There are also numerous programs such as the one in North Carolina which deals directly with juvenile sex offenders. The program has a good turn around rate with the local group home facility. Every state has different data, and while comparing this data opens a person’s eyes as to the crime rate in their community. When people observe this data it gives them an incentive to get out in the community and help these juvenile delinquents. Even though Arizona has the least amount of juvenile arrests, this state has the highest recidivism rate amongst Arizona, Michigan as well as North Carolina.
When trying to pin point on why a juvenile acts out, biological, psychological and sociological theories all play a major role. The reasoning can be from heredity, personality, environment as well as socioeconomic considerations. There are many early intervention programs readily available for youths as well as juvenile delinquents which have already committed a crime. Parent should begin to take an initiative in their children life at an early age to stop the deviant behavior in the future. After all, these children are our future. References: Alexander, M. A. (1999).
Sexual offender treatment efficacy revisited. Sexual Abuse: Journal OfResearch And Treatment, 11(2), 101-116. doi:10. 1007/BF02658841. Retrieved fromEBSCOhost Database. Bartol, C. R. , & Bartol, A. M. (2011). Criminal behavior: A pscychological approach (9th ed. ). Upper Saddle River: Pearson Education, Inc. ISBN: 9780558591373 Beck, M. , Calhoun, K. , Hevener, G. , & Katzenelson, S. (2007). Juvenile recidivism study. DOI: www. nccourts. org/Courts/CRS/Councils/spac/Documents Collica, K. & Furst, G. (2012). Crime & society. San Diego, CA: Bridgepoint Education, Inc.
Retrieved from Ashford Constellation. D'Angelo, J. M. (2002). Juvenile court judges' perceptions of what factors affect juvenileoffenders' likelihood of rehabilitation. Juvenile & Family Court Journal, 53(3), 43-55. Retrieved from ProQuest Database. Day, A. , Howells, K. , & Rickwood, D. (2004). Current trends in the rehabilitation of juvenileoffenders. Woden, Woden: Australian Institute of Criminology. Retrieved from ProQuestDatabase. Elam, P. , Siemon, C. , & Fitzpatrick, D. (2012). Michigan’s Statewide Juvenile Arrest AnalysisReport. Retrieved from Public http://michigancommitteeonjuvenilejustice. om/sitefiles/files/Documents/2012JuvenileArrestAnalysisReportVol1. pdf Foster, J. (2013). Barium springs, giving hope to children and families. Retrieved fromhttp://www. bariumsprings. org/page. cfm? id=32 Halliday, R. (2011). Arizona department of public safety. Retrieved fromhttp://www. azdps. gov/About/Reports/docs/Crime_In_Arizona_Report_2009. pdf Listwan, S. J. (2013). Introduction to juvenile justice. San Diego, CA: Bridgepoint, Education,Inc. Martin, G. (2005). Juvenile justice. Thousand Oaks, CA: SAGE Publications. DOI:www. sagepub. com/books/Book226433 MDHS. (2013).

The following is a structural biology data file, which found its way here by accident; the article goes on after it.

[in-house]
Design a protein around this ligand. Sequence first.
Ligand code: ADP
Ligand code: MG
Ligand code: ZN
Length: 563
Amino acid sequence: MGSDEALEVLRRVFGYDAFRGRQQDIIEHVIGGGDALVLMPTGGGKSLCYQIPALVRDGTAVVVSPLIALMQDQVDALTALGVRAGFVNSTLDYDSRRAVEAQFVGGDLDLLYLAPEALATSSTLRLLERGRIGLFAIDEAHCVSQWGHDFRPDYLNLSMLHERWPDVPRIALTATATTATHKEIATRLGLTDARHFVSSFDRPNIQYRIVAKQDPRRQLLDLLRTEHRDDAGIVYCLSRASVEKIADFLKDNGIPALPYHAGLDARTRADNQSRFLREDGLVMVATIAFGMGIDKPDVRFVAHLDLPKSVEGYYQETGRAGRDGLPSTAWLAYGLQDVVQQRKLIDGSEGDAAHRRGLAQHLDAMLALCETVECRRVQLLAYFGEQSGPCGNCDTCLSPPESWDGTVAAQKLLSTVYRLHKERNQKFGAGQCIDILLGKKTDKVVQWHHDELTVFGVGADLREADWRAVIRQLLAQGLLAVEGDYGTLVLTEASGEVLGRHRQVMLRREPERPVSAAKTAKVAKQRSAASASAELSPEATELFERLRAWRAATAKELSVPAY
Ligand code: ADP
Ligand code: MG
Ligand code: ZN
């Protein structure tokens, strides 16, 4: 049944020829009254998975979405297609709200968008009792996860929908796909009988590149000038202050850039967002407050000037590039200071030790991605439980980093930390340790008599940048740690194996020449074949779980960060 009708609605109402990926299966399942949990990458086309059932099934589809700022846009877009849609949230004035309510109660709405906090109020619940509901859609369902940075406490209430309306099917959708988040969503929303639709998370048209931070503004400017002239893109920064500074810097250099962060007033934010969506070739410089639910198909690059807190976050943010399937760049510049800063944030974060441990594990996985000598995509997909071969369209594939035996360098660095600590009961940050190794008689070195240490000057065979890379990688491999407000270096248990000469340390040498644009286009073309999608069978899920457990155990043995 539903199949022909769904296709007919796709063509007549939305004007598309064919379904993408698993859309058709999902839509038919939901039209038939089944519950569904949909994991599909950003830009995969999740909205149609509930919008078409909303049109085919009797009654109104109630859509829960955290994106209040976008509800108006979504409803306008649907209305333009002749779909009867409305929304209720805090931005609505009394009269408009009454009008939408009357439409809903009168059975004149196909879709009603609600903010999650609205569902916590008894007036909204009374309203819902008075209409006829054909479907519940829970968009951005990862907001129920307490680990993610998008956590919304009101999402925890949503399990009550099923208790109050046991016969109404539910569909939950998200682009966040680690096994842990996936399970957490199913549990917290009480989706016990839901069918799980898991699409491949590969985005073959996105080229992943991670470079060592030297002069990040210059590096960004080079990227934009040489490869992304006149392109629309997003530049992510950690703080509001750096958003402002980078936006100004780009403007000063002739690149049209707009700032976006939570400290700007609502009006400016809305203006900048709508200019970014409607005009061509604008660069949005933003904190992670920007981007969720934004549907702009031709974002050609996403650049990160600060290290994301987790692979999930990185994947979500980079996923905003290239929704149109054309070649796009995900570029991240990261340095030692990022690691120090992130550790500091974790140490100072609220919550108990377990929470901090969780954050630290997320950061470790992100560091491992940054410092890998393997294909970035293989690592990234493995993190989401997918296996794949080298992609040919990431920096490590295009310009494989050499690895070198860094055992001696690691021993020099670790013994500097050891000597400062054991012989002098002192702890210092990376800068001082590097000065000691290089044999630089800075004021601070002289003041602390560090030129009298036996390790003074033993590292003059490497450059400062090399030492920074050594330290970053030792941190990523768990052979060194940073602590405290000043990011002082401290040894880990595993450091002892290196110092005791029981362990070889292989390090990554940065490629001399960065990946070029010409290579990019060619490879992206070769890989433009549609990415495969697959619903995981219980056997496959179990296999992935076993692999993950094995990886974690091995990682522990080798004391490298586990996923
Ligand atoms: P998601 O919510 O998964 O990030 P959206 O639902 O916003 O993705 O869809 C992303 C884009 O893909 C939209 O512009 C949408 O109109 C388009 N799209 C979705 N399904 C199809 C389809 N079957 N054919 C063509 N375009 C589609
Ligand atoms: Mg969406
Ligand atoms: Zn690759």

Juvenile accountability block grants (jabg). Retrieved fromhttp://www. michigan. gov/dhs/0,4562,7-124-5453_34044_34052-15632--,00. html NCDJJ. (2010). 2009 annual report north carolina department of juvenile justice. Retrievedfrom website:http://www. juvjus. state. nc. us/resources/pdf_documents/annual_report_2009. pdf Pullman, L. , & Seto, M. C. (2012). Assessment and treatment of adolescent sexual offenders:Implications of recent research on generalist versus specialist explanations. Child Abuse& Neglect, 36(3), 203-209. doi:10. 1016/j. chiabu. 2011. 11. 003. Retrieved fromEBSCOhost Database. Puzzanchera, C. nd Adams, B. (2012). Juvenile Arrests 2009. Office of Juvenile Justice andDelinquency Prevention. Retrieved from http://www. ojjdp. gov Starky, C. (2012). Teen courts: Juvenile probation. Retrieved fromhttp://www. superiorcourt. maricopa. gov/JuvenileProbation/Probation/teenCourt. asp Wilson, J. F. (2012). Introduction to biological psychology. San Diego, CA: BridgepointEducation, Inc. Webster-Stratton, C. , & Herman, K. C. (2010). Disseminating Incredible Years Series earlyintervention programs: Integrating and sustaining services between school and home. Psychology In The Schools, 47(1), 36-54.